Time hasn’t been especially kind to Camper Van Beethoven, the 80s band from Santa Cruz, California, that was a veritable showroom model of what used to be called “college rock” (before it was rechristened “alternative rock”). To the extent that they’re remembered, it’s usually as the group that eventually gave birth to Cracker, which lead songwriter David Lowery formed when CVB split up in 1990. While I enjoyed the easygoing strum of their 1985 college-radio hit “Take the Skinheads Bowling,” CVB’s first few records did little but irritate me, because the flip side of that song’s absurd charm was silliness and gee-aren’t-we-clever self-regard. Sometimes they were spot-on in observing the mores of middle-class northern California privilege, but at other times they failed to recognize how they embodied it themselves. The records were painfully uneven, with hooky melodies offset by aimless jamming and ham-fisted stylistic mashups. But these days I have greater appreciation for what the band was trying to do—they were way ahead of the game in terms of blending art-rock with everything from ska to psychedelia to eastern European traditional music.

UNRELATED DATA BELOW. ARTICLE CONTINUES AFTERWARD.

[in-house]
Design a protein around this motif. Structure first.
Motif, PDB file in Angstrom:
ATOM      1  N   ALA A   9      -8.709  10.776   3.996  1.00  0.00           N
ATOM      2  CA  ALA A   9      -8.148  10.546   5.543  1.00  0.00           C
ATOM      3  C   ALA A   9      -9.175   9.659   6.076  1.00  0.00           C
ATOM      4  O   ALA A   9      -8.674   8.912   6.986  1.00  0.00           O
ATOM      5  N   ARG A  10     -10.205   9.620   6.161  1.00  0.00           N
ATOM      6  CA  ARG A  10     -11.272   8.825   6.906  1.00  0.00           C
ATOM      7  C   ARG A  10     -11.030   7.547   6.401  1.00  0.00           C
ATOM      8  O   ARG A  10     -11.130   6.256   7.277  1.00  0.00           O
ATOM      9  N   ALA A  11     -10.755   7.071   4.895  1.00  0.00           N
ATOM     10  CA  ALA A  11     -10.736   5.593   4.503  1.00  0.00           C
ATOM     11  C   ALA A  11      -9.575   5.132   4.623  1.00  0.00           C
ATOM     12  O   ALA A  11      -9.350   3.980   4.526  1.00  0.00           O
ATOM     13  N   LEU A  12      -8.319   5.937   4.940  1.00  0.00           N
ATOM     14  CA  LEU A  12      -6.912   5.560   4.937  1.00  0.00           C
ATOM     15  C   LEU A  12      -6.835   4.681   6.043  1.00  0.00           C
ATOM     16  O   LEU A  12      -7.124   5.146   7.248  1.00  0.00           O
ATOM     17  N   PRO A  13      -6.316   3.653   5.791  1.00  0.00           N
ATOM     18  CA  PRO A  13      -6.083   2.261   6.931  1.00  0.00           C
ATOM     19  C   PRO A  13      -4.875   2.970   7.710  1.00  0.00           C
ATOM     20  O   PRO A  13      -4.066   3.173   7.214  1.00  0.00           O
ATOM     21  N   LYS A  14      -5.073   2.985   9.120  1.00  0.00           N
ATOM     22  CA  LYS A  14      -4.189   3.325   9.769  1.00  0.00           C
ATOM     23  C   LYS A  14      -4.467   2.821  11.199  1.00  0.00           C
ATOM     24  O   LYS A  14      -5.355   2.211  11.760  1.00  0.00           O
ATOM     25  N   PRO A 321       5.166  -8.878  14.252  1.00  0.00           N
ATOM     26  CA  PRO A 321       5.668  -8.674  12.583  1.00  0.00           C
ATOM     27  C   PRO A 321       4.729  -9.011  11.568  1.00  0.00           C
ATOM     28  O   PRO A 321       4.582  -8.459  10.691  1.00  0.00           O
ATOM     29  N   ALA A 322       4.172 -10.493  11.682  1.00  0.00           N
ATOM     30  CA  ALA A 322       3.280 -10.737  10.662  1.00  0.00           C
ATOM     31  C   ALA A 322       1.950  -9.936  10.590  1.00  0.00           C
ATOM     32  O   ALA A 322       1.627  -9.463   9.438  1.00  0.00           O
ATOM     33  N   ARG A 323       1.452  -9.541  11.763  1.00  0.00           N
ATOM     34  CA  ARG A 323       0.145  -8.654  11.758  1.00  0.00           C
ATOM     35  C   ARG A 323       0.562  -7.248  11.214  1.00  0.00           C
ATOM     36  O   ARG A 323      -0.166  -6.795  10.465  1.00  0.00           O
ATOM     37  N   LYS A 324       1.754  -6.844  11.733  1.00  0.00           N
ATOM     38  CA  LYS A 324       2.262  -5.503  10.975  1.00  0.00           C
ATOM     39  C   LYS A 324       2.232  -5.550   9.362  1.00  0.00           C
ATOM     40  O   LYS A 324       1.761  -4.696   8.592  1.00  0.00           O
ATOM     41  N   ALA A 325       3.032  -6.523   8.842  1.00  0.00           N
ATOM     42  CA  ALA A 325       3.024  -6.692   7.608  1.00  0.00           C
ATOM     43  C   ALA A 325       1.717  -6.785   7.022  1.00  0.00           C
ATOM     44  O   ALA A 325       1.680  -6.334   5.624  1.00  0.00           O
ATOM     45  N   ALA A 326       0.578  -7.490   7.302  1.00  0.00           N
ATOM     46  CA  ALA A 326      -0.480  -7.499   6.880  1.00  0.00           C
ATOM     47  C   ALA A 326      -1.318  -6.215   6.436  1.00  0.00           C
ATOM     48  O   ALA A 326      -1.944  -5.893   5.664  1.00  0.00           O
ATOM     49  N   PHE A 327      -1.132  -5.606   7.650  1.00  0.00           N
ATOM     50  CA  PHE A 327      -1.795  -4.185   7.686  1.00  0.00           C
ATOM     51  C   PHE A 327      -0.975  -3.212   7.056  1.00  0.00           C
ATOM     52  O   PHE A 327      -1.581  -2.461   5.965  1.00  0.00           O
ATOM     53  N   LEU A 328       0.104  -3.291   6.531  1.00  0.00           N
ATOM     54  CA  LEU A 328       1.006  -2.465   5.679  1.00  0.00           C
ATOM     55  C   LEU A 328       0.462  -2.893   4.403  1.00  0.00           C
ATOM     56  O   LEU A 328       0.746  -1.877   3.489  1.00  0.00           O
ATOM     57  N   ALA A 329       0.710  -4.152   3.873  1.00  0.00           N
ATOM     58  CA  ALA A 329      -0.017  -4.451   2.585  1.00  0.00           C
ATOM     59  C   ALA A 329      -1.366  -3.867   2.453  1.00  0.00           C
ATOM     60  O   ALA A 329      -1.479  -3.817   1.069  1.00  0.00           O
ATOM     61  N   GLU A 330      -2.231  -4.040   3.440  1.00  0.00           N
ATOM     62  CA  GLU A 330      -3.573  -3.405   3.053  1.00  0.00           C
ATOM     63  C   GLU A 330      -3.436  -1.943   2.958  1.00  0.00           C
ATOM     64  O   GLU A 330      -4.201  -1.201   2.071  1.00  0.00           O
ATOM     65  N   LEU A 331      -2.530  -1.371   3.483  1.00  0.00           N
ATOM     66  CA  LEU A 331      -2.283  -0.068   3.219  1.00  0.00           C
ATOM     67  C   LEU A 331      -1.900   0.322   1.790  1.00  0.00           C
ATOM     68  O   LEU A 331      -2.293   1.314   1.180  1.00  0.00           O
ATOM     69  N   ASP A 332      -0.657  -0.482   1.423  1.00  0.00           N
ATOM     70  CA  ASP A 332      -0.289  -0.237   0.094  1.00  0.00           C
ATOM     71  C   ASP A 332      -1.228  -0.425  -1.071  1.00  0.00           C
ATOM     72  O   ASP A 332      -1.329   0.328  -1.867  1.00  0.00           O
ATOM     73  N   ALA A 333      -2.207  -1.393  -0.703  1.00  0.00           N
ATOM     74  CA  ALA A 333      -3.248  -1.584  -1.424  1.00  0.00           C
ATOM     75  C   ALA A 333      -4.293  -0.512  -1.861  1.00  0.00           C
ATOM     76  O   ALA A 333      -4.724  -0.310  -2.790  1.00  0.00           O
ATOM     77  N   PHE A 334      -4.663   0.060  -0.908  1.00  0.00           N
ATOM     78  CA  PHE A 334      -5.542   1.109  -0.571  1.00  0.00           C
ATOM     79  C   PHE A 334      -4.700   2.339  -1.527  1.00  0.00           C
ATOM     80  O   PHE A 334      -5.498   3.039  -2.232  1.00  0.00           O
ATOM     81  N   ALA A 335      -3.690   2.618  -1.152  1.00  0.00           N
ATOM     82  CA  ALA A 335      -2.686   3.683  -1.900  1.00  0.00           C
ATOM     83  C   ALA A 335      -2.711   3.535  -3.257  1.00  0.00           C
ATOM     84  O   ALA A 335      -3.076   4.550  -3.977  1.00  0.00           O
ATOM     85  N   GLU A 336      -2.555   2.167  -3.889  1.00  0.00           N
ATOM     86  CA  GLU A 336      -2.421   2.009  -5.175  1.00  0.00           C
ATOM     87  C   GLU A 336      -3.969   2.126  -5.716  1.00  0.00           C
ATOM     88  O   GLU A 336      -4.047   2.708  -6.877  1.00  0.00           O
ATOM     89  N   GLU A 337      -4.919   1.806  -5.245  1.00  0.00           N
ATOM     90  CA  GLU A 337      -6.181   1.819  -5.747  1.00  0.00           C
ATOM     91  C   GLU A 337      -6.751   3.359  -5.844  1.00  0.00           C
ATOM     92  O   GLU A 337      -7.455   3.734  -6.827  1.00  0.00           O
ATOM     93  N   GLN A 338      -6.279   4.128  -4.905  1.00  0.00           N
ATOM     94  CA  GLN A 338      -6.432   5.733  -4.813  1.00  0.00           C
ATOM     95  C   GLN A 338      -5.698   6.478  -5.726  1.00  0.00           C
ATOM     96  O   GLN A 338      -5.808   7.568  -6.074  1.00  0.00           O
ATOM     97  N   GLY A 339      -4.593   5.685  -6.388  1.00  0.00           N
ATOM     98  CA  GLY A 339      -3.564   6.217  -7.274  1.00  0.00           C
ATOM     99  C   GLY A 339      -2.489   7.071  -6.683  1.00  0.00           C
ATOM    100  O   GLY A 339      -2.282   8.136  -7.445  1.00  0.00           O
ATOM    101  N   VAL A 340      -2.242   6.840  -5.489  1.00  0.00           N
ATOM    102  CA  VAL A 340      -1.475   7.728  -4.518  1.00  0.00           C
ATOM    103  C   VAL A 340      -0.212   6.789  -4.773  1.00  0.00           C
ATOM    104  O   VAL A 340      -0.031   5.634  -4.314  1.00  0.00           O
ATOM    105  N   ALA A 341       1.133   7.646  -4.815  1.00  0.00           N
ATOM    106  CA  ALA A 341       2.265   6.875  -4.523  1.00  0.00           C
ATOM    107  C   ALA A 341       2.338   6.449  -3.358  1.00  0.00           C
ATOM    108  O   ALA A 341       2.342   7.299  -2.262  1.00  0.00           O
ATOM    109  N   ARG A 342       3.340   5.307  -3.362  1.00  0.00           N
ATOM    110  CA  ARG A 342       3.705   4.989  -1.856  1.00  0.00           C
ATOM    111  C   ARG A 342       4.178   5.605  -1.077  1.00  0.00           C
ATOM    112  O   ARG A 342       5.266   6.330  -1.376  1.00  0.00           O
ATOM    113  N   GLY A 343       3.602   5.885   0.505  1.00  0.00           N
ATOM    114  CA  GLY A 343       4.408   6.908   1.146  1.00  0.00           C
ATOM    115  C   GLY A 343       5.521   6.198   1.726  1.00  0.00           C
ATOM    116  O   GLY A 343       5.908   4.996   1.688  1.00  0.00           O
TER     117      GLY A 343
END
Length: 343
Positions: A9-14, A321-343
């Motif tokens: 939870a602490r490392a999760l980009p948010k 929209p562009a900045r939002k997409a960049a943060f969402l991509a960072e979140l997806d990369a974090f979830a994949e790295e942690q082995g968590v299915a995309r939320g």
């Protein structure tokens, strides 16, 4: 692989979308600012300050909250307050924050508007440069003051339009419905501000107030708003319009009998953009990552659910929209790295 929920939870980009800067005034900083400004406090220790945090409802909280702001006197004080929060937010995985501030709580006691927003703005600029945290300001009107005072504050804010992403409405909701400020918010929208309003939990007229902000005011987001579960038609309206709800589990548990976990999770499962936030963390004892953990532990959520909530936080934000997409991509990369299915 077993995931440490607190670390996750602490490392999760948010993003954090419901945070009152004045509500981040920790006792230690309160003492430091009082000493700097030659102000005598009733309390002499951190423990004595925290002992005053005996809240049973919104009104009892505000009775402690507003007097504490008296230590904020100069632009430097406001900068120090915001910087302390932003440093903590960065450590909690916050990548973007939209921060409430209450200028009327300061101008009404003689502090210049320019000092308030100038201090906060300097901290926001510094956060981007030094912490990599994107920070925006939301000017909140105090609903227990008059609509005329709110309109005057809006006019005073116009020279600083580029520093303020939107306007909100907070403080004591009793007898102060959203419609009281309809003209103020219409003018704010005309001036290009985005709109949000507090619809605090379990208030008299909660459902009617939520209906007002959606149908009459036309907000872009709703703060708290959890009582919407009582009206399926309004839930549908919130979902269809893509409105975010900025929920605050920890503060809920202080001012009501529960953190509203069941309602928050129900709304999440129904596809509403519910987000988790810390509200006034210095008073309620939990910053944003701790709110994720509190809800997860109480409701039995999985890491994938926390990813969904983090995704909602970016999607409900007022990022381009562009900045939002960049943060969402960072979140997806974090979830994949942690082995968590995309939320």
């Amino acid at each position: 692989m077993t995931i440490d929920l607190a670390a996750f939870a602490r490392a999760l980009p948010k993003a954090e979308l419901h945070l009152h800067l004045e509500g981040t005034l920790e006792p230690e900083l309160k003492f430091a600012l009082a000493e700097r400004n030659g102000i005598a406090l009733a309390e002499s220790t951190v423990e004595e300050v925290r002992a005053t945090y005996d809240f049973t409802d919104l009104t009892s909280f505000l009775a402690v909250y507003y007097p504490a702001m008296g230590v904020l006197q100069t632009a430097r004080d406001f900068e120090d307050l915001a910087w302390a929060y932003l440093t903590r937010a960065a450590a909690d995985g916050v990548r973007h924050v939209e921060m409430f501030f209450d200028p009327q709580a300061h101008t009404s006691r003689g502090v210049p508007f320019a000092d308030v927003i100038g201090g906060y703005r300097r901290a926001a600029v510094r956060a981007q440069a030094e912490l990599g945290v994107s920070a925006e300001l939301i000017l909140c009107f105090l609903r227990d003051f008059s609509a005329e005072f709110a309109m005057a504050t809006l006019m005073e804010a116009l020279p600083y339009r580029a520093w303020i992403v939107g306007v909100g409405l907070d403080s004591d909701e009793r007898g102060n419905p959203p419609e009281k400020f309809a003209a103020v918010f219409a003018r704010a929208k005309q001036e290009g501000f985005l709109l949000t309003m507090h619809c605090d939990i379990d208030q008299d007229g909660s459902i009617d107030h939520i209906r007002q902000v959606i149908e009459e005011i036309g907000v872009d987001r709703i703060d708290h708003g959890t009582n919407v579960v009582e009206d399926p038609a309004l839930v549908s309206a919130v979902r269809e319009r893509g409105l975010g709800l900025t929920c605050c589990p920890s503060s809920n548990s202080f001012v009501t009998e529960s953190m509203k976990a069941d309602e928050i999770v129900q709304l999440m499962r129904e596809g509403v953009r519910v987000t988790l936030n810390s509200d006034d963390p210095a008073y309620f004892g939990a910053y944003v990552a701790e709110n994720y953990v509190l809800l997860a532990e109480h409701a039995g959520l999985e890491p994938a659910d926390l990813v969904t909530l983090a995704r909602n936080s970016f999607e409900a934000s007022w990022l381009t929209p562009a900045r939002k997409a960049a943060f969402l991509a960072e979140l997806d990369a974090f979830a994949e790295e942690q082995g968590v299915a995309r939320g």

The band signed with Virgin Records toward the end of the decade and made two albums before splitting up: Our Beloved Revolutionary Sweetheart in 1988 and Key Lime Pie in 1989. CVB finally won me over with these records because they learned how to edit themselves and put the focus squarely on the music. Both were reissued earlier this month by Omnivore Recordings, each larded with previously unissued live material. The first contains its fair share of classic songs—”Eye of Fatima (Pt. 1)” and “One of These Days,” for instance—but the awful, boomy drum sound imparted by producer Dennis Herring can make it a slog. Still, my memory had told me that it was the better of the two records, but revisiting these reissues has disabused me of that notion: Key Lime Pie is more assured, daring, and coherent. Multi-instrumentalist Jonathan Segel had left the band before they recorded Key Lime Pie—he formed the other post-CVB band, the proggy Monks of Doom—but new member Morgan Fichter provided a better balance to CVB’s mixture of hard-rock bombast and folk-rock rusticity with her fiddle and accordion. Aside from a convincing cover of Status Quo’s “Pictures of Matchstick Men” there’s not much in the way of novelty, and that’s why it stands up better than any record in their oeuvre. The album’s diversity made it hard to choose something for today’s 12 O’Clock Track, but I ended up going with the midtempo strummy beauty of “Sweethearts.”